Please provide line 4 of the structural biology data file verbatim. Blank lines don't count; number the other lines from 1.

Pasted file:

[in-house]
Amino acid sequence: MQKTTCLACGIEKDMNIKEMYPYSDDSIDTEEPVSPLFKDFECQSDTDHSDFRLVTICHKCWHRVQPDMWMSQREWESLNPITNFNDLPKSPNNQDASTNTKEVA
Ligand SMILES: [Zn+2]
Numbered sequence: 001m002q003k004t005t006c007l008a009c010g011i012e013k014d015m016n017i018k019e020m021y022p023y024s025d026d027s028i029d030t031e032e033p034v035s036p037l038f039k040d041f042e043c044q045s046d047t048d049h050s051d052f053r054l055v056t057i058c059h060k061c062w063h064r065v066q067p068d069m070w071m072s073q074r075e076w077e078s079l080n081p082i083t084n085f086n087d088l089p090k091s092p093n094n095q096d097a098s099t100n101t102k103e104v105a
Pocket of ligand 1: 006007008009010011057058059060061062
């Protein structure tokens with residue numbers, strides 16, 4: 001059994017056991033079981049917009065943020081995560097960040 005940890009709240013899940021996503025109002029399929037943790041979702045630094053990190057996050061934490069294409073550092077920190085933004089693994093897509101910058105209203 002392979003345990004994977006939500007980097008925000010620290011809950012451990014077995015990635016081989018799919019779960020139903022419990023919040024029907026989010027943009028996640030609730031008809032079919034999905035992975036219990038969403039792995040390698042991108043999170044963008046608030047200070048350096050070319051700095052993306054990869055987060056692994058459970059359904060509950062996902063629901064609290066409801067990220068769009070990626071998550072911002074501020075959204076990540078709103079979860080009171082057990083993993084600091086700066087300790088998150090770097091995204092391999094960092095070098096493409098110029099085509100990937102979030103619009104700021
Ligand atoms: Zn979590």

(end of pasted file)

Numbered sequence: 001m002q003k004t005t006c007l008a009c010g011i012e013k014d015m016n017i018k019e020m021y022p023y024s025d026d027s028i029d030t031e032e033p034v035s036p037l038f039k040d041f042e043c044q045s046d047t048d049h050s051d052f053r054l055v056t057i058c059h060k061c062w063h064r065v066q067p068d069m070w071m072s073q074r075e076w077e078s079l080n081p082i083t084n085f086n087d088l089p090k091s092p093n094n095q096d097a098s099t100n101t102k103e104v105a